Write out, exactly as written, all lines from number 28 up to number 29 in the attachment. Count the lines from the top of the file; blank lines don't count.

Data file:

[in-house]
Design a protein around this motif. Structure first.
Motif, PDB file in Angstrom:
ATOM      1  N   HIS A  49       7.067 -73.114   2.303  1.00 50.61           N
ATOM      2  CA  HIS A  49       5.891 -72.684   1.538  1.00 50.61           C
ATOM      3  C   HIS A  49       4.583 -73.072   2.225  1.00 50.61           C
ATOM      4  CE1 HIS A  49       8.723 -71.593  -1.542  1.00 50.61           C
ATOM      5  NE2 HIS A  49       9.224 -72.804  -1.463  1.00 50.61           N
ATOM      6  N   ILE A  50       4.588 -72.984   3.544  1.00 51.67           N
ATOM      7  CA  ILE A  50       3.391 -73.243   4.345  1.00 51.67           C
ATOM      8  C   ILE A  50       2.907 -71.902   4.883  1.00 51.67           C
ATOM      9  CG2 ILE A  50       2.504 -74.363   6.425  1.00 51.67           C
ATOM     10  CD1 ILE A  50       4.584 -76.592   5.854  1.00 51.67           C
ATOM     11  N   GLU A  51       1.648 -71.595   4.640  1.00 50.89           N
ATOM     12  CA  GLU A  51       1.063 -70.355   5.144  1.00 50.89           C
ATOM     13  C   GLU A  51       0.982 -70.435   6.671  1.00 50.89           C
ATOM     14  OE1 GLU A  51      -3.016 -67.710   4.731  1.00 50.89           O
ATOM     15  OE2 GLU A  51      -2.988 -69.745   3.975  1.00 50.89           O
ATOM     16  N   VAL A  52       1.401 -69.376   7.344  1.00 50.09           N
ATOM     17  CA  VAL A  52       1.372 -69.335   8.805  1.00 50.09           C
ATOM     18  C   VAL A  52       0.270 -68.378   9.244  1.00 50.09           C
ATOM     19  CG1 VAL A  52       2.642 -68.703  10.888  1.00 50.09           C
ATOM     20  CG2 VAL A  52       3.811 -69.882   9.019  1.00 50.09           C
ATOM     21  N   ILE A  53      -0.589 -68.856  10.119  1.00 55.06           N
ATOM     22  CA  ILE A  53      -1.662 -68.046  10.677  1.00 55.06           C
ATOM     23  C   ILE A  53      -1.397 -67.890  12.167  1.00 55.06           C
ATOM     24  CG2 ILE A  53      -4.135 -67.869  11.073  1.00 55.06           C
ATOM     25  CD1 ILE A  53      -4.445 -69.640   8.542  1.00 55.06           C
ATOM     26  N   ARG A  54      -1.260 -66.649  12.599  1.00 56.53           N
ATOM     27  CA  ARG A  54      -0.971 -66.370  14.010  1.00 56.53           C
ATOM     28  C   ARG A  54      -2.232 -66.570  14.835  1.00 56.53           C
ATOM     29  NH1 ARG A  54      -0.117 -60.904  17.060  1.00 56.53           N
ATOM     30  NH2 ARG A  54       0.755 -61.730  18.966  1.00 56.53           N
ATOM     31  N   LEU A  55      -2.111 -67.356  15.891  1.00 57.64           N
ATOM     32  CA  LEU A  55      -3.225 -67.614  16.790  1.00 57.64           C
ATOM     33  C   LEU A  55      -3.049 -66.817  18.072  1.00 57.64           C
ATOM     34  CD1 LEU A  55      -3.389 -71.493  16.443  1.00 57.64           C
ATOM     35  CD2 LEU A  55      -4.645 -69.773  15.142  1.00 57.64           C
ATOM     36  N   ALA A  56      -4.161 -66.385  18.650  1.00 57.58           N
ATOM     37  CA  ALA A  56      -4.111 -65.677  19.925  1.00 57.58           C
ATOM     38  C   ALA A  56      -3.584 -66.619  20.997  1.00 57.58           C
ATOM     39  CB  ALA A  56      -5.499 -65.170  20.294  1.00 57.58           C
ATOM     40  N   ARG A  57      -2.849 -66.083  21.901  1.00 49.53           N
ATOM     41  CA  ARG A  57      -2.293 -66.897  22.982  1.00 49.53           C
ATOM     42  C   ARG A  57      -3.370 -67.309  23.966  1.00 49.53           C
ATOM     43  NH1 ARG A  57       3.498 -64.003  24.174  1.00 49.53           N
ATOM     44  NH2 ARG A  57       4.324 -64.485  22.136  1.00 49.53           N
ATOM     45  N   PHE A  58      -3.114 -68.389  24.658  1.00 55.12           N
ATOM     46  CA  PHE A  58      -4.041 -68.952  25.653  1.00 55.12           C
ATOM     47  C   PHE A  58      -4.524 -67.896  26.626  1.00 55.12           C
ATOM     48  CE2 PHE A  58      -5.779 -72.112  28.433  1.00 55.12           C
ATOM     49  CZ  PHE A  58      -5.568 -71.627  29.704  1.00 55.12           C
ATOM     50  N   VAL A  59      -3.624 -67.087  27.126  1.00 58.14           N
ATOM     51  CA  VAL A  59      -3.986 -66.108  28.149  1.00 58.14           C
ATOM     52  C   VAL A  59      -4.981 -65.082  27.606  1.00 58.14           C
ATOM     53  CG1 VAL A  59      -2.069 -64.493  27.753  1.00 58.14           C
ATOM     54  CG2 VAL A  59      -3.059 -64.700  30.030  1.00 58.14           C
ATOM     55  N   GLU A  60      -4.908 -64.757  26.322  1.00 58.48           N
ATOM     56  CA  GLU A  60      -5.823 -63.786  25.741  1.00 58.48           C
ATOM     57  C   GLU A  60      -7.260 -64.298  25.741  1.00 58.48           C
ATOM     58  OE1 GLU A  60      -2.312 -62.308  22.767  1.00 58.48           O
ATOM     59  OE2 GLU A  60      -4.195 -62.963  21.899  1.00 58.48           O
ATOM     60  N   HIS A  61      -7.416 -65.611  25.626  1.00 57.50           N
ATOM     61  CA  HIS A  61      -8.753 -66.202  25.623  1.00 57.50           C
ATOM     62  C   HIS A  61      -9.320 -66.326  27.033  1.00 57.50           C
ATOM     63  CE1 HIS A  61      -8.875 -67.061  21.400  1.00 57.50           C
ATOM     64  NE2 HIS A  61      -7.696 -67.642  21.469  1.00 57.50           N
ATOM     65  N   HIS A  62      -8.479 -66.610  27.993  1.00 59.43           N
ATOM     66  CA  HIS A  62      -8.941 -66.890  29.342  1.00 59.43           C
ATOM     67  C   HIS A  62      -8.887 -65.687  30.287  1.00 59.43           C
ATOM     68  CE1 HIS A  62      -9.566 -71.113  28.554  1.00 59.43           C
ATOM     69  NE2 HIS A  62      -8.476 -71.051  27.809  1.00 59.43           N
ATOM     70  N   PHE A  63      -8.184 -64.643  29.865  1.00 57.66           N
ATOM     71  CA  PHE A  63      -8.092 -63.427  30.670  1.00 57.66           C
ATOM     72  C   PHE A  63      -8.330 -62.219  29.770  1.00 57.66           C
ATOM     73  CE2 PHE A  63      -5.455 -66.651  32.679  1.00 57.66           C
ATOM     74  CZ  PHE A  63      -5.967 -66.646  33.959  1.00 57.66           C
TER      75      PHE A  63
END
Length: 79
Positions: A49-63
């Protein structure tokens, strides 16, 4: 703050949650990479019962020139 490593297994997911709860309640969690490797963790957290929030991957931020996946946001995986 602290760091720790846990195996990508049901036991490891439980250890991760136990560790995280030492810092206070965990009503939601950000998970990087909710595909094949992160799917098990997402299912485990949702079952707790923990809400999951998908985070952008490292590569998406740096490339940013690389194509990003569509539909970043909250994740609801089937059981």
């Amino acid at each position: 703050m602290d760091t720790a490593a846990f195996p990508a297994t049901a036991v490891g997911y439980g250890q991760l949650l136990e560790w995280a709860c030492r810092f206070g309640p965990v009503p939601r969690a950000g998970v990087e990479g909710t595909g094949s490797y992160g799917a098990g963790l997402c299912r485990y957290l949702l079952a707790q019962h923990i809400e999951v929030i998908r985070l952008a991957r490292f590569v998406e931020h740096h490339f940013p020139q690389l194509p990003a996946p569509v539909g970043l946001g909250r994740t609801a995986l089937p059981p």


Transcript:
ATOM     25  CD1 ILE A  53      -4.445 -69.640   8.542  1.00 55.06           C
ATOM     26  N   ARG A  54      -1.260 -66.649  12.599  1.00 56.53           N